Townshend once called 'Pinball Wizard' "the most clumsy piece of writing [he'd] ever done"; nevertheless, the song was a gigantic commercial success and one of the most recognized tunes from the opera ... The song was introduced into Tommy as an afterthought. In late 1968 or early 1969, when The Who played a rough assembly of their new album to critic Nik Cohn, Cohn gave a lukewarm reaction. Following this, Townshend, as Tommy's principal composer, discussed the album with Cohn and concluded that, to lighten the load of the rock opera's heavy spiritual overtones (Townshend had recently become deeply interested in the teachings of Meher Baba), the title character, a "deaf, dumb, and blind" boy, should also be particularly good at a certain game. Knowing Cohn was an avid pinball fan, Townshend suggested that Tommy would play pinball, and Cohn immediately declared Tommy to be a masterpiece. The song "Pinball Wizard" was written and recorded almost immediately.That explains something that's always bothered me about Tommy: the cognitive dissonance of (as per the film) a narrative evidently about post WW-II trauma and the cults and spiritual journeys of the 1960s nevertheless seems to position itself so firmly as being (on the original album) about post WW-I trauma, and the run-up to Nazism and WW-II, something dated quite precisely by the second song, '1921'. Although Tommy seems so completely a product of its age, and although the film has I suppose overwritten our memories of the original, this latter makes it a much more interesting text I think.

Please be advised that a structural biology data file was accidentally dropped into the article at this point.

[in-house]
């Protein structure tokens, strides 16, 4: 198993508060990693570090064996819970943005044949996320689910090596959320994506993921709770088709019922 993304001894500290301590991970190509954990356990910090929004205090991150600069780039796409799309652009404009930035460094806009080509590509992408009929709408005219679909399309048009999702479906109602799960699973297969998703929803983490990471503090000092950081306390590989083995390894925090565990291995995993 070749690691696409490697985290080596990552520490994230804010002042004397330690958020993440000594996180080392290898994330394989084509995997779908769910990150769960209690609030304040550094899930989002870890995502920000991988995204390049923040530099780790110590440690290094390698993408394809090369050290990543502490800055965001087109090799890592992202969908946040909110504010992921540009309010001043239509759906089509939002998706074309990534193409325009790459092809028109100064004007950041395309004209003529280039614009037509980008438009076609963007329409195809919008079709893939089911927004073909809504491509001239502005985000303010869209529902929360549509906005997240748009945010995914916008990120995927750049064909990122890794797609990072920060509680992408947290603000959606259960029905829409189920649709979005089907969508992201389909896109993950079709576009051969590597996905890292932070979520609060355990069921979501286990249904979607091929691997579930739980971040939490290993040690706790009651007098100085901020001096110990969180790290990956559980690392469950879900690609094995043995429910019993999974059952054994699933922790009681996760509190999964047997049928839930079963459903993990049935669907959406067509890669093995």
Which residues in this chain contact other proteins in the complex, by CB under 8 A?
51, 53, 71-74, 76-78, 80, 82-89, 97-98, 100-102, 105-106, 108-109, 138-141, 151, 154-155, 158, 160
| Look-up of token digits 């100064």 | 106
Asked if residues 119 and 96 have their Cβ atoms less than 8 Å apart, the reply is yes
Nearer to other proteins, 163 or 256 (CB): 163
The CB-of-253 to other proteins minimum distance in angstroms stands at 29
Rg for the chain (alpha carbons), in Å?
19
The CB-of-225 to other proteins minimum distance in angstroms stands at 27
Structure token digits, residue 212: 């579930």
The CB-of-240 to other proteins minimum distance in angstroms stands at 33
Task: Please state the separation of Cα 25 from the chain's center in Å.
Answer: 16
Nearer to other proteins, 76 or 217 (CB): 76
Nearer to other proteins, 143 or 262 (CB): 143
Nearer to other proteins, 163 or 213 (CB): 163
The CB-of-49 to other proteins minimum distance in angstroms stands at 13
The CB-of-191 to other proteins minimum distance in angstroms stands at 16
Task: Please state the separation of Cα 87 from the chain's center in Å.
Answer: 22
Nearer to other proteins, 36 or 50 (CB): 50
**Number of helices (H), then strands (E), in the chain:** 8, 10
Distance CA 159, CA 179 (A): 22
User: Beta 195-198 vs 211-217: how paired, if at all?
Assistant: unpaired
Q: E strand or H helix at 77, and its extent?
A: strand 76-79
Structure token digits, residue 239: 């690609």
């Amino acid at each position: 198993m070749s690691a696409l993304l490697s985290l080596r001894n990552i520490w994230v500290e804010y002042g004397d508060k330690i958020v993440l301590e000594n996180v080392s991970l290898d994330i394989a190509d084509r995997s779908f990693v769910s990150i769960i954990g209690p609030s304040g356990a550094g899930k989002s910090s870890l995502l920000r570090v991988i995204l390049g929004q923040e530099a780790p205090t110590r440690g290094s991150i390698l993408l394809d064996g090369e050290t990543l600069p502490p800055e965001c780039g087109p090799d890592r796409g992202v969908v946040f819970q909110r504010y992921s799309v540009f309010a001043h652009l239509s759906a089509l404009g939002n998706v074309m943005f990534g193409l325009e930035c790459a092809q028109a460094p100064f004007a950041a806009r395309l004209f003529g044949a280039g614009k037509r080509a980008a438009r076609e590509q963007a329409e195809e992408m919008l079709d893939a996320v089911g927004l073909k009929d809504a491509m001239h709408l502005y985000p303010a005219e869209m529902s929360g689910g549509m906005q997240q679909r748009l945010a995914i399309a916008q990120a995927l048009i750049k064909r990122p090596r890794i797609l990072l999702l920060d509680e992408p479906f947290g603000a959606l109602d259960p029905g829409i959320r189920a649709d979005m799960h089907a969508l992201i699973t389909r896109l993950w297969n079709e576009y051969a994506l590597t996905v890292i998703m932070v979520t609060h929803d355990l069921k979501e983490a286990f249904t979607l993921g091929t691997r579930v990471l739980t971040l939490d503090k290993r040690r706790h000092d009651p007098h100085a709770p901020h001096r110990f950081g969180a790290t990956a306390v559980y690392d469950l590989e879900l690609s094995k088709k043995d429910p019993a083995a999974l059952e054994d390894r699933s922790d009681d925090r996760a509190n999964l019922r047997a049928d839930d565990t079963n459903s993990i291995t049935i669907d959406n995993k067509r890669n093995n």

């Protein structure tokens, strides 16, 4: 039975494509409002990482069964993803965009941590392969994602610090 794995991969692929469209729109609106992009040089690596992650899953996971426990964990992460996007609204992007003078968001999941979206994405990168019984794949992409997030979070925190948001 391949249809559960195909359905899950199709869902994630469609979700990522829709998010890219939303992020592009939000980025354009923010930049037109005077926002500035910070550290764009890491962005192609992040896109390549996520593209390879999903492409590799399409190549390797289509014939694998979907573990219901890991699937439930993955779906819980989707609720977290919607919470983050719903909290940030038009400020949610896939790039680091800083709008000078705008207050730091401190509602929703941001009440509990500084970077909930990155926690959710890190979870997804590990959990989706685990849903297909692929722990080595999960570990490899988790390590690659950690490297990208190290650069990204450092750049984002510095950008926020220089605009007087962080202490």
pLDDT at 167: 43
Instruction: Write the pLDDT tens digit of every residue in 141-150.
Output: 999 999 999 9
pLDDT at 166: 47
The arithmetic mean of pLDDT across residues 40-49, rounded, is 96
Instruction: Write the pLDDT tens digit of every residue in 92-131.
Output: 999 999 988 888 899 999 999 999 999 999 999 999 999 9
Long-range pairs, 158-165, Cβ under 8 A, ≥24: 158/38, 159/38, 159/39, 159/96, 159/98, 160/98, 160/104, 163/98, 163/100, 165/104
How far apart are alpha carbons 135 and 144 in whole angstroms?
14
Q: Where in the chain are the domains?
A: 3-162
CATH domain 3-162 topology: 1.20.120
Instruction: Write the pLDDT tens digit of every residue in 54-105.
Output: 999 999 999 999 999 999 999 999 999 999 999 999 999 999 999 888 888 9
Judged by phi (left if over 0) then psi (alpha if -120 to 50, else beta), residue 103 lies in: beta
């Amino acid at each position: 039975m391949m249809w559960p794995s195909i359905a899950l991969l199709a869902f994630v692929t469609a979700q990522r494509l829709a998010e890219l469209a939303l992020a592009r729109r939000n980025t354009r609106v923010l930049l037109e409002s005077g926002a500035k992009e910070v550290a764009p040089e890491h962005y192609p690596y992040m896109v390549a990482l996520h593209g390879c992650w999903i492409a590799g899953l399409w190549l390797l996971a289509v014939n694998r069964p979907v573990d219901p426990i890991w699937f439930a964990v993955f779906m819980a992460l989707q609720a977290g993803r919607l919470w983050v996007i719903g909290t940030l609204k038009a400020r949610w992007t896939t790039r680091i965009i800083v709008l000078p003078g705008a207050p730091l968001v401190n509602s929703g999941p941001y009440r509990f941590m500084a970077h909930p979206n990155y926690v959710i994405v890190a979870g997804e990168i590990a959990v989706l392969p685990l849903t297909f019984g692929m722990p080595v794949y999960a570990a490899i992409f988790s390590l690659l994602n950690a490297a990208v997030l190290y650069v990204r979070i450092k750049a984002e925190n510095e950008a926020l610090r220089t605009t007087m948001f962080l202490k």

But pinball (a postwar phenomenon; prewar it was more likely to be coin-operated versions of bagatelles, now known as "marble games" or "pin games") really doesn't fit this careful chronology. I'm not sure whether that disorientation is a good or bad thing.